What is hypnosis?
While there is no debate as to whether hypnosis works. However science simply cannot agree on what it is and how it works.
The British Society of Clinical and Experimental Hypnosis states:
“In therapy, hypnosis usually involves the person experiencing a sense of deep relaxation with their attention narrowed down, and focused on appropriate suggestions made by the therapist.”
The use of suggestions help people make the positive changes they want within themselves. The biggest fear I have come across with clients is that they are not in control and may be made to do something they don’t want to do. It is important to stress that you are always in control and you are cannot be made to do anything you do not want to do in a Hypnotherapy session. I merely help to facilitate your experience – hypnotherapy is not about being made to do things, in fact it is the opposite, it is about empowerment.
Hypnotherapy involves the induction of a trance-like condition. When this occurs, the client is in an enhanced state of awareness, concentrating entirely on the hypnotist’s voice. In this state, the conscious mind is suppressed and the subconscious mind is revealed. The therapist is then able to suggest ideas, concepts and lifestyle changes to the client, with these ideas becoming firmly planted in the their subconscious.
Dr Hilary Jones’ explains in her book, “Doctor, What’s the Alternative?”
“Hypnotherapy aims to re-programme patterns of behaviour within the mind, enabling irrational fears, phobias, negative thoughts and suppressed emotions to be overcome. As the body is released from conscious control during the relaxed trance-like state of hypnosis, breathing becomes slower and deeper, the pulse rate drops and the metabolic rate falls. Similar changes along nervous pathways and hormonal channels enable the sensation of pain to become less acute, and the awareness of unpleasant symptoms, such as nausea or indigestion, to be alleviated”.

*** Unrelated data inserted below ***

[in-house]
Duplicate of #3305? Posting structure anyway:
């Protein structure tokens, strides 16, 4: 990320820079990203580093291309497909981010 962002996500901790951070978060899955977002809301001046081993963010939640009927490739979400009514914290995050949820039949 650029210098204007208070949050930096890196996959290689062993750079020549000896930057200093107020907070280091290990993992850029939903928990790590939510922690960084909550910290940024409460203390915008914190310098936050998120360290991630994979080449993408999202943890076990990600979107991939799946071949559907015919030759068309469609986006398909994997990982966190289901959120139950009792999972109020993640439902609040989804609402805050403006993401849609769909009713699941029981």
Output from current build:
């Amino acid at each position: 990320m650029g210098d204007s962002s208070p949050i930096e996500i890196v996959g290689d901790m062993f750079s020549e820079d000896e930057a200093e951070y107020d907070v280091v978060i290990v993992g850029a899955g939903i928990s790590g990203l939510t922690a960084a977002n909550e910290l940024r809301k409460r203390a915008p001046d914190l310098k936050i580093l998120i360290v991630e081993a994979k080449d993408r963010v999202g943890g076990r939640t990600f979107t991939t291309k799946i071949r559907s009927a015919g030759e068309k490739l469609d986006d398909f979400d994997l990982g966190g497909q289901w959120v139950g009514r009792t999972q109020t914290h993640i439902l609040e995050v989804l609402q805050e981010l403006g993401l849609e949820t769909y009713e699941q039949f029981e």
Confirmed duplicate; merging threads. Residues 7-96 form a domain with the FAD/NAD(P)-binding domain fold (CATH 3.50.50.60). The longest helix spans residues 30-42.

How does it work?
Hypnosis is believed to work by altering our state of consciousness in such a way that the analytical left-hand side of the brain is turned down, while the non-analytical right-hand side is made more alert. The conscious control of the mind is inhibited, and the subconscious mind awoken. Since the subconscious mind is a deeper-seated, more instinctive force than the conscious mind, this is the part which has to change for the patient’s behaviour and physical state to alter.
What problems can be treated by hypnotherapy?
Hypnotherapy can be applied to many psychological, emotional and physical disorders.
It is thought to help people to overcome addictions such as smoking and alcoholism.
Children are generally easy to hypnotise and may be helped with nocturnal enuresis (bedwetting) and chronic asthma.
Teenagers can conquer stammering, blushing problems or public speaking which can otherwise make their lives miserable.
Phobias of all kinds lend themselves well to hypnotherapy, and anyone suffering from panic attacks or obsessional compulsive behaviour, and stress-related problems like insomnia, may benefit.
Conditions exacerbated by tension, such as irritable bowel syndrome, psoriasis and eczema, and excessive sweating, respond well.
I even had a sceptical friend who cured seasickness with hypnotherapy (he’s a sailing skipper!) after everything else had failed.
For the month of February Elaine Oliver is offering $80 for a 1 hour initial Hypnotherapy consultation.
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